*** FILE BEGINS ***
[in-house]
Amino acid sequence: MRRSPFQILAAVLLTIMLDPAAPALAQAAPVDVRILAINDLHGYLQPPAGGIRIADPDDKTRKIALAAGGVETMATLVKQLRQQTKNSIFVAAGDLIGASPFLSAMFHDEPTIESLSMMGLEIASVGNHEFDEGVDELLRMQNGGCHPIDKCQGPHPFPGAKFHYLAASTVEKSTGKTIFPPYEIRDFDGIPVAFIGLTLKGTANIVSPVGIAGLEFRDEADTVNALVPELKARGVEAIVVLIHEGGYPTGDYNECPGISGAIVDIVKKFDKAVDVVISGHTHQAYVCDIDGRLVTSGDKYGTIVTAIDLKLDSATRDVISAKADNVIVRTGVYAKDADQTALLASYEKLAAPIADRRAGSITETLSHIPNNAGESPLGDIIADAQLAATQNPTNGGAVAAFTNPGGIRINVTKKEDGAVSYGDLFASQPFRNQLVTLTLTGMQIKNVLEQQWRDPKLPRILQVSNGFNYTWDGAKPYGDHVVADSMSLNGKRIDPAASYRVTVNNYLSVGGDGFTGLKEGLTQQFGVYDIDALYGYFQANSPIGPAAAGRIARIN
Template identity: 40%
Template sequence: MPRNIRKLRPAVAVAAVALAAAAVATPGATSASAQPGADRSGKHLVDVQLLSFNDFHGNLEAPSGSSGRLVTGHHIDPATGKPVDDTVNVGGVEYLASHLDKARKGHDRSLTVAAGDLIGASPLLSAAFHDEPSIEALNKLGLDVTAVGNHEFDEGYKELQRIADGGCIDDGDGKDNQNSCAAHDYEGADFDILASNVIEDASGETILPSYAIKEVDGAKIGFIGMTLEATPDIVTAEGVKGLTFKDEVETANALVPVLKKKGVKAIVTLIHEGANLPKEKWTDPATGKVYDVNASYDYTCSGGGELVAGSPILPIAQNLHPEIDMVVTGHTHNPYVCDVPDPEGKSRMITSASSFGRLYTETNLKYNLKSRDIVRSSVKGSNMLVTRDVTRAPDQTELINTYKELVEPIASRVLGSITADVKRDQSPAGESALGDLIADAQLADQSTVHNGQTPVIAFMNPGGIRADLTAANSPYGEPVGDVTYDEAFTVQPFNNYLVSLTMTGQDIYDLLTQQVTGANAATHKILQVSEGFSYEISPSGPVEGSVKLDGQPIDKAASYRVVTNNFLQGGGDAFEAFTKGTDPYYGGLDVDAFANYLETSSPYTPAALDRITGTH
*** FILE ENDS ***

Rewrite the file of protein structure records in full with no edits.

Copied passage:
[in-house]
Amino acid sequence: MRRSPFQILAAVLLTIMLDPAAPALAQAAPVDVRILAINDLHGYLQPPAGGIRIADPDDKTRKIALAAGGVETMATLVKQLRQQTKNSIFVAAGDLIGASPFLSAMFHDEPTIESLSMMGLEIASVGNHEFDEGVDELLRMQNGGCHPIDKCQGPHPFPGAKFHYLAASTVEKSTGKTIFPPYEIRDFDGIPVAFIGLTLKGTANIVSPVGIAGLEFRDEADTVNALVPELKARGVEAIVVLIHEGGYPTGDYNECPGISGAIVDIVKKFDKAVDVVISGHTHQAYVCDIDGRLVTSGDKYGTIVTAIDLKLDSATRDVISAKADNVIVRTGVYAKDADQTALLASYEKLAAPIADRRAGSITETLSHIPNNAGESPLGDIIADAQLAATQNPTNGGAVAAFTNPGGIRINVTKKEDGAVSYGDLFASQPFRNQLVTLTLTGMQIKNVLEQQWRDPKLPRILQVSNGFNYTWDGAKPYGDHVVADSMSLNGKRIDPAASYRVTVNNYLSVGGDGFTGLKEGLTQQFGVYDIDALYGYFQANSPIGPAAAGRIARIN
Template identity: 40%
Template sequence: MPRNIRKLRPAVAVAAVALAAAAVATPGATSASAQPGADRSGKHLVDVQLLSFNDFHGNLEAPSGSSGRLVTGHHIDPATGKPVDDTVNVGGVEYLASHLDKARKGHDRSLTVAAGDLIGASPLLSAAFHDEPSIEALNKLGLDVTAVGNHEFDEGYKELQRIADGGCIDDGDGKDNQNSCAAHDYEGADFDILASNVIEDASGETILPSYAIKEVDGAKIGFIGMTLEATPDIVTAEGVKGLTFKDEVETANALVPVLKKKGVKAIVTLIHEGANLPKEKWTDPATGKVYDVNASYDYTCSGGGELVAGSPILPIAQNLHPEIDMVVTGHTHNPYVCDVPDPEGKSRMITSASSFGRLYTETNLKYNLKSRDIVRSSVKGSNMLVTRDVTRAPDQTELINTYKELVEPIASRVLGSITADVKRDQSPAGESALGDLIADAQLADQSTVHNGQTPVIAFMNPGGIRADLTAANSPYGEPVGDVTYDEAFTVQPFNNYLVSLTMTGQDIYDLLTQQVTGANAATHKILQVSEGFSYEISPSGPVEGSVKLDGQPIDKAASYRVVTNNFLQGGGDAFEAFTKGTDPYYGGLDVDAFANYLETSSPYTPAALDRITGTH